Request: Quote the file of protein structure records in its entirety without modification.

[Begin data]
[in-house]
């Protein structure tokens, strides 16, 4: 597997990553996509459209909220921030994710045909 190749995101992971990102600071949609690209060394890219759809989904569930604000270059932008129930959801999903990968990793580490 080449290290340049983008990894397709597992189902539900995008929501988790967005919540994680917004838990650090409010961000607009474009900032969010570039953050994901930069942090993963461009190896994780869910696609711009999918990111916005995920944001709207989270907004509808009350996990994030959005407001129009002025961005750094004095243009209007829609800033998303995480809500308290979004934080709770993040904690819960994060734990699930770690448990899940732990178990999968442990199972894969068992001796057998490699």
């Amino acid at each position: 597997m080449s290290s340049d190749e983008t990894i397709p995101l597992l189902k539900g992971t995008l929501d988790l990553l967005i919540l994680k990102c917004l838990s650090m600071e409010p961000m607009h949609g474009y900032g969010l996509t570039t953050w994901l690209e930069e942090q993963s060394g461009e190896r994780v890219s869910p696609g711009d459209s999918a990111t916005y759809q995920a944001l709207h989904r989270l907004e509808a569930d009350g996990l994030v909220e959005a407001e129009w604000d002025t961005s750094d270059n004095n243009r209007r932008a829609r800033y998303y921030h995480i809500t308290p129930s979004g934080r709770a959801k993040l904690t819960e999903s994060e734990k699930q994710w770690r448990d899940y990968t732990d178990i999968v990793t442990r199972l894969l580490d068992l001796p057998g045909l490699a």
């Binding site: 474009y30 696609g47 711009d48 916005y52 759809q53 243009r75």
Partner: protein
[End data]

[in-house]
């Protein structure tokens, strides 16, 4: 597997990553996509459209909220921030994710045909 190749995101992971990102600071949609690209060394890219759809989904569930604000270059932008129930959801999903990968990793580490 080449290290340049983008990894397709597992189902539900995008929501988790967005919540994680917004838990650090409010961000607009474009900032969010570039953050994901930069942090993963461009190896994780869910696609711009999918990111916005995920944001709207989270907004509808009350996990994030959005407001129009002025961005750094004095243009209007829609800033998303995480809500308290979004934080709770993040904690819960994060734990699930770690448990899940732990178990999968442990199972894969068992001796057998490699």
């Amino acid at each position: 597997m080449s290290s340049d190749e983008t990894i397709p995101l597992l189902k539900g992971t995008l929501d988790l990553l967005i919540l994680k990102c917004l838990s650090m600071e409010p961000m607009h949609g474009y900032g969010l996509t570039t953050w994901l690209e930069e942090q993963s060394g461009e190896r994780v890219s869910p696609g711009d459209s999918a990111t916005y759809q995920a944001l709207h989904r989270l907004e509808a569930d009350g996990l994030v909220e959005a407001e129009w604000d002025t961005s750094d270059n004095n243009r209007r932008a829609r800033y998303y921030h995480i809500t308290p129930s979004g934080r709770a959801k993040l904690t819960e999903s994060e734990k699930q994710w770690r448990d899940y990968t732990d178990i999968v990793t442990r199972l894969l580490d068992l001796p057998g045909l490699a």
């Binding site: 474009y30 696609g47 711009d48 916005y52 759809q53 243009r75």
Partner: protein